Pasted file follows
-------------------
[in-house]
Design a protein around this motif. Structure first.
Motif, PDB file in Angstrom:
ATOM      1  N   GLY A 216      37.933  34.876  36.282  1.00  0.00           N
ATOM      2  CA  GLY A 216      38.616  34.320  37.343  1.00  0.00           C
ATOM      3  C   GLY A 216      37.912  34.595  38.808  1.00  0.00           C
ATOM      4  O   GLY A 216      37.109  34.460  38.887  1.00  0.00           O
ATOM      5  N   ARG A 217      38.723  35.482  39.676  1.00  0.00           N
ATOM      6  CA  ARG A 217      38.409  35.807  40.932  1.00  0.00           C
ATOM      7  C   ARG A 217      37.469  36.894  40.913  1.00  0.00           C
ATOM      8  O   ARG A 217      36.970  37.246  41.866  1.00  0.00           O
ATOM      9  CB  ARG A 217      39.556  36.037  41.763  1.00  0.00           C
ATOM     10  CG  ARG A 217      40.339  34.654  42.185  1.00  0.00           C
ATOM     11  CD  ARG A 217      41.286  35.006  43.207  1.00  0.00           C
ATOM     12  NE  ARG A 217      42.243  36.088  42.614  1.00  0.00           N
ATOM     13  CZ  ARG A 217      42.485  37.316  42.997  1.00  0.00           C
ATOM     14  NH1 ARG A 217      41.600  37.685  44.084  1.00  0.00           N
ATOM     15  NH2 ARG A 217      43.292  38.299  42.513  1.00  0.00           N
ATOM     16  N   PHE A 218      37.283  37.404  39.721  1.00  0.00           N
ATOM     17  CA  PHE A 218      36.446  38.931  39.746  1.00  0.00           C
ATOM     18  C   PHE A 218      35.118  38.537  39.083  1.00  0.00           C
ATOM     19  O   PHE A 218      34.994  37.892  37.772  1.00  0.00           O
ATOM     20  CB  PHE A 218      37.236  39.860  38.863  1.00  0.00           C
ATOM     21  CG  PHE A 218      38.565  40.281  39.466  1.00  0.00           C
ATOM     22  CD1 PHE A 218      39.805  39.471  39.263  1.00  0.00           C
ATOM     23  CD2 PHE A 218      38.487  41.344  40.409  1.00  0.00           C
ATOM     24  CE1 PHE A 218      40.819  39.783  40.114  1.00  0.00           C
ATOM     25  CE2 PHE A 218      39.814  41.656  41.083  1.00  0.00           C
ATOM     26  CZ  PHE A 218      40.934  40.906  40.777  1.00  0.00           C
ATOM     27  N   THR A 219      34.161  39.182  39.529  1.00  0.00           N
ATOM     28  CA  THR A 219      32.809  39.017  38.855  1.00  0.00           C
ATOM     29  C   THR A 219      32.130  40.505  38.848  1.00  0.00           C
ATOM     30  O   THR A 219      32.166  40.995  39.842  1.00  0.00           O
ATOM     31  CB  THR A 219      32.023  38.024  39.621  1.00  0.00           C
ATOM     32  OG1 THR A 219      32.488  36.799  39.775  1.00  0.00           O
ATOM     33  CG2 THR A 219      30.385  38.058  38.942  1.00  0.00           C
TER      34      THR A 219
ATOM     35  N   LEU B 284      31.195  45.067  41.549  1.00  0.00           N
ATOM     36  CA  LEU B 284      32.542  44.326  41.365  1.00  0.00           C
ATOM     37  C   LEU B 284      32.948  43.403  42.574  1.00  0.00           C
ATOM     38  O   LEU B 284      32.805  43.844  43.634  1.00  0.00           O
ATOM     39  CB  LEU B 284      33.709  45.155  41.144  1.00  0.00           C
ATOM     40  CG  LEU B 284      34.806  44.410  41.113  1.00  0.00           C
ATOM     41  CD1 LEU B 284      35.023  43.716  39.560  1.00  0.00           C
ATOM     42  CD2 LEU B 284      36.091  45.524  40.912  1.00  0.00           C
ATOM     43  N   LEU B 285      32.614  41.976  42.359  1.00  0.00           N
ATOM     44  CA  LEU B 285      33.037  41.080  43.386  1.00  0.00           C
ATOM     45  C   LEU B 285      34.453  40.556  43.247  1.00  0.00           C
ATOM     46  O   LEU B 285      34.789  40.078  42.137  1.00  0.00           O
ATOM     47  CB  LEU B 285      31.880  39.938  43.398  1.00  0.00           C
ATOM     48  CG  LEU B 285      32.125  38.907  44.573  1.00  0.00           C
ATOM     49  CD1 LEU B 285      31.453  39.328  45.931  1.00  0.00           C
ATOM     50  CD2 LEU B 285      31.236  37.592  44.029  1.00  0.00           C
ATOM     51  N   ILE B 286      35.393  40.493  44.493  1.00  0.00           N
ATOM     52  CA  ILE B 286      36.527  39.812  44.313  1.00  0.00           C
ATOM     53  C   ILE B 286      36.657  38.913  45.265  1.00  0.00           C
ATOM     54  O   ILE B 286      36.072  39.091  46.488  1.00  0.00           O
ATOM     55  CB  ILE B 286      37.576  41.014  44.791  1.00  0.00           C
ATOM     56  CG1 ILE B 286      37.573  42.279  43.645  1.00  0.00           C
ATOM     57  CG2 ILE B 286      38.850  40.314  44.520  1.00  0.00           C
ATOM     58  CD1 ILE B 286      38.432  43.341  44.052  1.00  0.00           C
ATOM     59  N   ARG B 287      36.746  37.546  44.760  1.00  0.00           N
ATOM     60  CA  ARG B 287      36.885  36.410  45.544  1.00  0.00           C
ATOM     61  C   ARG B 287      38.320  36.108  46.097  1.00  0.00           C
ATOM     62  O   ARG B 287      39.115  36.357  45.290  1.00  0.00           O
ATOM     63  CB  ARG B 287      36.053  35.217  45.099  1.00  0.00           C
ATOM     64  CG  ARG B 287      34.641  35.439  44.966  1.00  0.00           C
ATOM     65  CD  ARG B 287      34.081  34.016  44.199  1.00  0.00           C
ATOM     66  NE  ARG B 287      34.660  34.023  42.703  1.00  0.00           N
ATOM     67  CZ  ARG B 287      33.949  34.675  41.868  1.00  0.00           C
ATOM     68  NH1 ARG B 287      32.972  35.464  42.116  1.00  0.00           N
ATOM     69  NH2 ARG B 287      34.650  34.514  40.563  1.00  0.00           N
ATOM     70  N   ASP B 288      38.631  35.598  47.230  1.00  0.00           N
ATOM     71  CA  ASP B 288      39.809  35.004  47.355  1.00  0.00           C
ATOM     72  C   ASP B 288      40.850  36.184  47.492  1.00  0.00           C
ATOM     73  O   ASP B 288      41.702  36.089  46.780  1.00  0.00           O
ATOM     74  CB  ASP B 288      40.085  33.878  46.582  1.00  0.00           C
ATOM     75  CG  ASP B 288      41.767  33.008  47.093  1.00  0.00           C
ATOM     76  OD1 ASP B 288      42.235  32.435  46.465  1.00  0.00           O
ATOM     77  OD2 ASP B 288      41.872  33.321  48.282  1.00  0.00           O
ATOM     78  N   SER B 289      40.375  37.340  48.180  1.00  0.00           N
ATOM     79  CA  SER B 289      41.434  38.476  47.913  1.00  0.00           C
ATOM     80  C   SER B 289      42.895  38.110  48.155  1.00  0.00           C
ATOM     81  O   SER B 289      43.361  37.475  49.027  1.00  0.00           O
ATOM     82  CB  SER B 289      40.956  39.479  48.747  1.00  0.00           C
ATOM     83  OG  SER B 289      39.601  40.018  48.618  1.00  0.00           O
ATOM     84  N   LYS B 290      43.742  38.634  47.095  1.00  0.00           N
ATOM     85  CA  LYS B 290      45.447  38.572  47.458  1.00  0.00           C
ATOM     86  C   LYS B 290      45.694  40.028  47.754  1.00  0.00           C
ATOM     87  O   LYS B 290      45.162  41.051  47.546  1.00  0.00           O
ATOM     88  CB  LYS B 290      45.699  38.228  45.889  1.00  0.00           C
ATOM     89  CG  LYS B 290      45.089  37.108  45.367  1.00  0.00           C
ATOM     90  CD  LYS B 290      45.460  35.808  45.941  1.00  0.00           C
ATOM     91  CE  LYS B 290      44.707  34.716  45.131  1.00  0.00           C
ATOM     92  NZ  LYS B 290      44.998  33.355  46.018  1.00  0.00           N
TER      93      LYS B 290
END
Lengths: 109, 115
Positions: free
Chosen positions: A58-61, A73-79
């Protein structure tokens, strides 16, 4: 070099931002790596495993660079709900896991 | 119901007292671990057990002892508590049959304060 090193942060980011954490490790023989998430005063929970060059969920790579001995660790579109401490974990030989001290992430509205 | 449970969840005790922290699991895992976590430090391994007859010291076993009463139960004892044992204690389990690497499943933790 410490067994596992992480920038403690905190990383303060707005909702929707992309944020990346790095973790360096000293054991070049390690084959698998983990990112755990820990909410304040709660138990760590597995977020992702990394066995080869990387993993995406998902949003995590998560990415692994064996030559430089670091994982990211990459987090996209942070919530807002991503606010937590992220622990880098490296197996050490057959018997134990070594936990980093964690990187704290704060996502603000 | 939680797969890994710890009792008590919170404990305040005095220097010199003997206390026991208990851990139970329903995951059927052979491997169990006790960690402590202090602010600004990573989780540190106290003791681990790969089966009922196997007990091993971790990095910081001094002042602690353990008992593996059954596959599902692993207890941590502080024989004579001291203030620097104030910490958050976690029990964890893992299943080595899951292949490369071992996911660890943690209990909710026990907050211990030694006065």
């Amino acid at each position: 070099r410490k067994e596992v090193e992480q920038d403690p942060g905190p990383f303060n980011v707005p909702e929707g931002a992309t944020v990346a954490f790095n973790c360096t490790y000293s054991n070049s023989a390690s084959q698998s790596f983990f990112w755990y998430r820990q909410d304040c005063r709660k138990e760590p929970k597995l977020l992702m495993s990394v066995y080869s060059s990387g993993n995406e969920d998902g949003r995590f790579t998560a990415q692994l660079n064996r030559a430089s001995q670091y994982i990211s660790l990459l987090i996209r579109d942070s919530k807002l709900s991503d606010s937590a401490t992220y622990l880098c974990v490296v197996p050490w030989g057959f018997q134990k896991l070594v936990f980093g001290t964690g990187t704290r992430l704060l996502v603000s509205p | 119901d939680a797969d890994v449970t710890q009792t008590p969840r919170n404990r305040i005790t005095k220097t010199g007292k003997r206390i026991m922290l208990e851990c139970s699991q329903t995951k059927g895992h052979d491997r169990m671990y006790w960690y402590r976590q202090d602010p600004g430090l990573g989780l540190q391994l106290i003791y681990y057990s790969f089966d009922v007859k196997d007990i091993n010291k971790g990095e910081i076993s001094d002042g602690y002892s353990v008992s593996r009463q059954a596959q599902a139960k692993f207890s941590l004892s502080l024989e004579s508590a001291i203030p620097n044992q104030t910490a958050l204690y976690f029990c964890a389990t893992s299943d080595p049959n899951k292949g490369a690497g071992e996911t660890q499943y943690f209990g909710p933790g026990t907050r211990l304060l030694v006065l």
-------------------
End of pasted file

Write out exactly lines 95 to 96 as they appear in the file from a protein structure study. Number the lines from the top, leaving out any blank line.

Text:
ATOM     92  NZ  LYS B 290      44.998  33.355  46.018  1.00  0.00           N
TER      93      LYS B 290